As of about a month ago, I’ve been on antidepressants for four years.
The first one I was prescribed was Wellbutrin. I told my psychiatric practitioner that my arms and legs felt heavy and that sometimes, it felt like I couldn’t move them. The drug in Wellbutrin, bupropion, has a stimulant effect, which is helpful for (to perhaps put it too simply) the “can’t get out of bed” kind of depression. While I no longer had limbs that felt like sandbags, I spent the next month on the verge of a low-grade panic attack. I remember a day when my heart pounded in my chest for three hours. That’s a long time to be in fight-or-flight mode. During my time on this medication, I plummeted to 94 lbs. — my lowest weight since adolescence.
I went out to dinner with my friend and mentor, John*, and the first thing he did was express concerns. “You look really thin.” A lifetime of media coercion led me to believe that was a compliment when, in reality, it was a moment of genuine worry.
Before I continue: I think I’m surprised by how casually I am talking about this. It’s taken some mustering up of courage to tell it to friends and loved ones these past few years. I think maybe they would see me as unstable or fragile. Speaking it into the anonymous void of the internet feels different, I guess.
My follow-up appointment to see how my first month on antidepressants was over the phone. I snuck into a call room one day at the office, and when I told my practitioner about my symptoms — he promptly insisted we course correct. It was almost as if he was saying, “oh no, that’s not supposed to happen.” He suggested I try escitalopram (the generic name for Lexapro) instead.
“I’m so glad it was the medication and not me,” I remember saying.
We hung up the phone, and I immediately burst into tears of relief. Relief that there was a possibly better solution. Relief that I didn’t have to stay on this medication and wait for it to improve. Relief that I wasn’t going crazy. It was one of the last times I cried in the last four years.
I can’t say I was ever much of a crier. If I were to cry, I would be sobbing over big-ticket stuff. In the last four years, I can count the times I’ve cried on one hand. Once during a breakup. Once about a very important dog. Otherwise, I find myself staying pretty even-keeled. I noticed this because recently, there have been moments where I’m ramping up for a full-on ball. Just the other night, I felt my throat tightening and my face twisting up. I wanted to cry. There was nothing. I just rolled over and focused on my breathing until the feeling passed.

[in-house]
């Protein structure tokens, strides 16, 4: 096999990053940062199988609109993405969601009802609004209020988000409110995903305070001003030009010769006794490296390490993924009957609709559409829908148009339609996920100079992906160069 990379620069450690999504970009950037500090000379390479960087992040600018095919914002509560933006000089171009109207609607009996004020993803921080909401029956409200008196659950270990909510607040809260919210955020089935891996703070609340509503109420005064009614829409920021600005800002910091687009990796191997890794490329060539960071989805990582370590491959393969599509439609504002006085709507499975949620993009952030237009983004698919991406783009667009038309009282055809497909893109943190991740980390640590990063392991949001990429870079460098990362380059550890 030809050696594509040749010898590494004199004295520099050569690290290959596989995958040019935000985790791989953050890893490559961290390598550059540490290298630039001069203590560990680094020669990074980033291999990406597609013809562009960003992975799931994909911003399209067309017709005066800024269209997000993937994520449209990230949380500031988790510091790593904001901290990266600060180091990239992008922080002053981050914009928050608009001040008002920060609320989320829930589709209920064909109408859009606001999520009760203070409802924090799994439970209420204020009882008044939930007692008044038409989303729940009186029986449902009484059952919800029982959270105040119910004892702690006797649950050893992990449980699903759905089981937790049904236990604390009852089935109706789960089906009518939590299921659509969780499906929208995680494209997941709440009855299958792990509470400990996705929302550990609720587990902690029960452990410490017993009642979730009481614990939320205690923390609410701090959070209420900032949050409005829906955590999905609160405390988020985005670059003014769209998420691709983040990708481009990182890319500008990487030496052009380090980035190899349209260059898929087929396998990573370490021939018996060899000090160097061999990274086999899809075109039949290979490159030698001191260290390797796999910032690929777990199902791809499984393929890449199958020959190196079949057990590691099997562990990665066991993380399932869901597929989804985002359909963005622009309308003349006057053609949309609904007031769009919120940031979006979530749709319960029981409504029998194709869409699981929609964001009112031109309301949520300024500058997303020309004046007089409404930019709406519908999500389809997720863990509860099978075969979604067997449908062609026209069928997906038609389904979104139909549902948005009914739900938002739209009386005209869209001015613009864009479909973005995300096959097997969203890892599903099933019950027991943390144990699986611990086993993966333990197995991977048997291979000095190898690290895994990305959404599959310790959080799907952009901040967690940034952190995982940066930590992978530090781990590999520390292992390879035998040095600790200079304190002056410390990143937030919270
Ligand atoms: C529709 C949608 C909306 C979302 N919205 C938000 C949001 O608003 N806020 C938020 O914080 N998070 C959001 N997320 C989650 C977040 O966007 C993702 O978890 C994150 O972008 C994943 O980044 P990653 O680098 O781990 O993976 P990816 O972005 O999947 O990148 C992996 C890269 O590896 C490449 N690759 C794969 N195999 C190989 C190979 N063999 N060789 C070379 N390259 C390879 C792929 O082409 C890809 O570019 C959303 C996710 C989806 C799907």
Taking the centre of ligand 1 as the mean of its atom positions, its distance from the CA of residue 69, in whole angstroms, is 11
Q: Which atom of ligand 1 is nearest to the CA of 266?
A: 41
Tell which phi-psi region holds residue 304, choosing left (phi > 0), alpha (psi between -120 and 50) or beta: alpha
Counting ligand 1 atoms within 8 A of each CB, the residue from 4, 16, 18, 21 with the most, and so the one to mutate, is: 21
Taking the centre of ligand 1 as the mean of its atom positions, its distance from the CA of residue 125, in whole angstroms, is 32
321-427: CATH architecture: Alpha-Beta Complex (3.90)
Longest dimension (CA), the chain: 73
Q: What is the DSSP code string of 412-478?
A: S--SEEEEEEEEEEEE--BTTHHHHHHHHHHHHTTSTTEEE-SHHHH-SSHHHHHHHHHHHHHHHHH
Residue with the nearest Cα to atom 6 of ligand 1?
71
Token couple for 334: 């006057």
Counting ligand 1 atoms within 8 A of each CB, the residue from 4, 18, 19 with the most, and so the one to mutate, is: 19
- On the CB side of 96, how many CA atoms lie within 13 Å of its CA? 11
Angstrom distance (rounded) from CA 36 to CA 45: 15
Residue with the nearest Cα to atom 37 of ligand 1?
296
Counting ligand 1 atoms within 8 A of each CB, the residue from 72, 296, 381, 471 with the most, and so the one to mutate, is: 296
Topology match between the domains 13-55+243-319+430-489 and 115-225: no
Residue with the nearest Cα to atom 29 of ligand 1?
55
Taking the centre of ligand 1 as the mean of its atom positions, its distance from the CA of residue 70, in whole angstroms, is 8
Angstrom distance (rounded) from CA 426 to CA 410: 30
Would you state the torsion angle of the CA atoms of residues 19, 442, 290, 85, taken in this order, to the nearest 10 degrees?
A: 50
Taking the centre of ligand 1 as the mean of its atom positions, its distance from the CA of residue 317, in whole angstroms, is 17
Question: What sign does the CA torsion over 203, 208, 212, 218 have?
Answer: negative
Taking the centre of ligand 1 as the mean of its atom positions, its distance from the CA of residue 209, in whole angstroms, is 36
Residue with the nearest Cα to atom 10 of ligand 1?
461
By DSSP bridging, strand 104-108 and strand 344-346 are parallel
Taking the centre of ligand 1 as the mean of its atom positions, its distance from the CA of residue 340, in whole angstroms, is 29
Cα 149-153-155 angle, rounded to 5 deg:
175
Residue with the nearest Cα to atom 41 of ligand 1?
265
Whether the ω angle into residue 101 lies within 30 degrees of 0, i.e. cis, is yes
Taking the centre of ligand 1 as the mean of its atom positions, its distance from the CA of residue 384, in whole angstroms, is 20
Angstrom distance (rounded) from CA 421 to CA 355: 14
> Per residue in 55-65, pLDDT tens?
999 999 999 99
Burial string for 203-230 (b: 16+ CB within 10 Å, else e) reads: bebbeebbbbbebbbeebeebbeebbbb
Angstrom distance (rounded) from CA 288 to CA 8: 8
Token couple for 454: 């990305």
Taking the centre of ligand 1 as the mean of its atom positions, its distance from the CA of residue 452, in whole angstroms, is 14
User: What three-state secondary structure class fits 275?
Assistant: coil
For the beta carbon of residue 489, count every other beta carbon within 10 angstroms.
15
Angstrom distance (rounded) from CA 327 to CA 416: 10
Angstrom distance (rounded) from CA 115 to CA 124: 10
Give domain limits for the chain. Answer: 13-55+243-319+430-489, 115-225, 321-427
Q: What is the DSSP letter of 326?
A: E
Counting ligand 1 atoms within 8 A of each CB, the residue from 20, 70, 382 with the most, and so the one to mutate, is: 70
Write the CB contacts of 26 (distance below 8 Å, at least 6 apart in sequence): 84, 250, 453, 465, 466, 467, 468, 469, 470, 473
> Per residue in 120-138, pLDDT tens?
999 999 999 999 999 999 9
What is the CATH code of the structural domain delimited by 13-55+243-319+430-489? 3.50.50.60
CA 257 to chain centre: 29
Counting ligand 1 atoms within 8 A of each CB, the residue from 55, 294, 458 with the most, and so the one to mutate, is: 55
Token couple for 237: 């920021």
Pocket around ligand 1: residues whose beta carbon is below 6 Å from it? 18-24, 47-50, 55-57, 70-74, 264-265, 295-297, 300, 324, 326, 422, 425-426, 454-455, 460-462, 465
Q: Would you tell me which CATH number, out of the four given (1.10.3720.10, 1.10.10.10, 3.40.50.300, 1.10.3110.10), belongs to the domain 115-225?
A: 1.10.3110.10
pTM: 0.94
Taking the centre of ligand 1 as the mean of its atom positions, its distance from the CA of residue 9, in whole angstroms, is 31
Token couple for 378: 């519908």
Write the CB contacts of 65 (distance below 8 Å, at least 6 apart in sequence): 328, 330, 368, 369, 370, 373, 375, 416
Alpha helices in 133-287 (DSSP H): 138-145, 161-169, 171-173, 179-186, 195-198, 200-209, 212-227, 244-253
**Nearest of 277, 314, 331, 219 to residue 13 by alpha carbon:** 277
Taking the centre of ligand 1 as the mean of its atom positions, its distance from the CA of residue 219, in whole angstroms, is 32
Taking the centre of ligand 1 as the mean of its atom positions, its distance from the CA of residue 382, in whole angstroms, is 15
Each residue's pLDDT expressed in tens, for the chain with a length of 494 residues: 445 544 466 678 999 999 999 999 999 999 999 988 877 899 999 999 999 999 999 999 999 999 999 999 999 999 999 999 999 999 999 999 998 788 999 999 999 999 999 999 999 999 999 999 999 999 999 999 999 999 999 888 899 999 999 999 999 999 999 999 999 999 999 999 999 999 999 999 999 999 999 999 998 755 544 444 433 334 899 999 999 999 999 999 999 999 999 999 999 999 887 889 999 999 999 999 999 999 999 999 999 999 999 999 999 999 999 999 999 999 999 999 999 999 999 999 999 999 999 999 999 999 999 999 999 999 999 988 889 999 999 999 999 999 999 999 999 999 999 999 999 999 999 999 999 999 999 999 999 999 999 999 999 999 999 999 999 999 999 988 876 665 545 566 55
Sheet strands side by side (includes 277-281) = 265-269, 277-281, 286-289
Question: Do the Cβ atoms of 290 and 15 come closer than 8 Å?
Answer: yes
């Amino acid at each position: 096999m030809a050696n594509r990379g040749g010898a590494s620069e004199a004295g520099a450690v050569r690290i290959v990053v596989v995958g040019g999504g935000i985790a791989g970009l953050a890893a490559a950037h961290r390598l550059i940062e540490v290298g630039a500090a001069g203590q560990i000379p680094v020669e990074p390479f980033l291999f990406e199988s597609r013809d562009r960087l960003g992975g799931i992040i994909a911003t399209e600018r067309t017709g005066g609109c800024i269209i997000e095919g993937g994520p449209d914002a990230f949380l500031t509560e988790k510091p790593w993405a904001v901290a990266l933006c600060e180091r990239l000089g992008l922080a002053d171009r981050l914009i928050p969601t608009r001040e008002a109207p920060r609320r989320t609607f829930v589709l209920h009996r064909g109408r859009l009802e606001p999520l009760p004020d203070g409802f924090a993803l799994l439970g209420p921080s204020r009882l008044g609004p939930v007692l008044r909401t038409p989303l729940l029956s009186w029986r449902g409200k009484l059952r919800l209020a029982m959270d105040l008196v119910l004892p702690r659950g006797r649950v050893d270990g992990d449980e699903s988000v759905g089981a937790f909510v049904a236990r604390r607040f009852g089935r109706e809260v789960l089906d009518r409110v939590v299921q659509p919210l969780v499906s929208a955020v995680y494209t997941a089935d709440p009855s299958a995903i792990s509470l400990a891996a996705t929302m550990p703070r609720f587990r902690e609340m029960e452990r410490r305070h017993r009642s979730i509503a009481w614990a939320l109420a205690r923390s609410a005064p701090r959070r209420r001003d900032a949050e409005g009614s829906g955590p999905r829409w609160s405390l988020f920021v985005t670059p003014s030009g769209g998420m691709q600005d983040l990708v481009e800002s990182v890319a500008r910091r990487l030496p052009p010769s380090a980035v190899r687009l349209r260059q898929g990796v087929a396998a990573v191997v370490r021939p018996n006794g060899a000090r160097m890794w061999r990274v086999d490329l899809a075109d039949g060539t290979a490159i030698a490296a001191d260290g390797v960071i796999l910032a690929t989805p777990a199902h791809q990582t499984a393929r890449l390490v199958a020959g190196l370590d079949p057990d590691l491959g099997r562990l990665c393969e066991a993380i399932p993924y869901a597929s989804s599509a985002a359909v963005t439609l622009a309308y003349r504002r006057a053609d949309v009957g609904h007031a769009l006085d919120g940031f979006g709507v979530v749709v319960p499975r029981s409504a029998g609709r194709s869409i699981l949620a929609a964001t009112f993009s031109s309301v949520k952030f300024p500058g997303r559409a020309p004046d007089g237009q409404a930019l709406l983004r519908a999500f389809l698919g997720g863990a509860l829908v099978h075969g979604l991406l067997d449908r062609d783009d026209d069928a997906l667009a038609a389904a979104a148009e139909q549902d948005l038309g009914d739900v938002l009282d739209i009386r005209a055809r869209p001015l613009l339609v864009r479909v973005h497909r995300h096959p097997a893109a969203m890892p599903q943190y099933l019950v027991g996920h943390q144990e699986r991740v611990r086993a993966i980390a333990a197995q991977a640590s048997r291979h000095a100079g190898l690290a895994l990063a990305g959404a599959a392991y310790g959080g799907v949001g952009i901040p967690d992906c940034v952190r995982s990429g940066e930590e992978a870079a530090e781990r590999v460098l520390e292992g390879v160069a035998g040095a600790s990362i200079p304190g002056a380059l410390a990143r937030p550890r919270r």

(This inability to cry is an apt parallel for another side effect of beginning my escitalopram journey: the inability to reach climax. That lasted for a few weeks and then subsided, by the way.)
But by and large, the benefits of experience on antidepressants have been overwhelmingly net positive. In my daily life, I feel more in control of my emotions. Something that I know would send past-Or tumbling into despair doesn’t quite have the torque that it used to. It’s like external saboteurs just can’t quite get their back into bringing me down anymore.
Lexapro is a selective serotonin reuptake inhibitor (or SSRI for short). It works in your reuptake sites — a part of your brain that controls your serotonin levels. Serotonin is, perhaps too simply, known as the “happy chemical.” By inhibiting the serotonin recycling process, less serotonin is removed, leaving more of it behind. This can lead to alleviated depressive symptoms in some. Of course, the “of some” part is operative. Everyone’s personal experience with antidepressants is different. For example, I have a close friend who is on Wellbutrin. Whereas I felt like it ruined my life, he is as content as can be on his. It’s important to discuss these routines and options with reputable psychiatric professionals if you are curious about them.
Credit should also be paid to the weekly therapy I’ve undergone for the same period of four years. Studies show that cognitive therapy has the same efficacy rate as antidepressants. Combined, they are more than a sum of their parts. My therapist, Lucas* (we’re on a first-name basis — presumably to the chagrin of his doctorate), and I meet on Friday afternoons. For roughly 200 Friday afternoons, I’ve spoken to him the way I would to someone my sister is dating: informally with many explanations about gay culture. I don’t know if this is OK to say, but I know he cares about me.
It is both this tiny white pill that I take every night (alongside a slightly larger melatonin tablet) paired with weekly bouts of radical honesty with Lucas that I have taken considerable strides in my mental health. This isn’t to say that I don’t still stare down feelings of despair. I do. I’ve battled depression for the majority of my life. I guess it just comes down to the fact that if I ever lose my footing and do a barrel roll into that feeling, I have the means to pull myself out. But then again, maybe I always have.
*Names have been changed.
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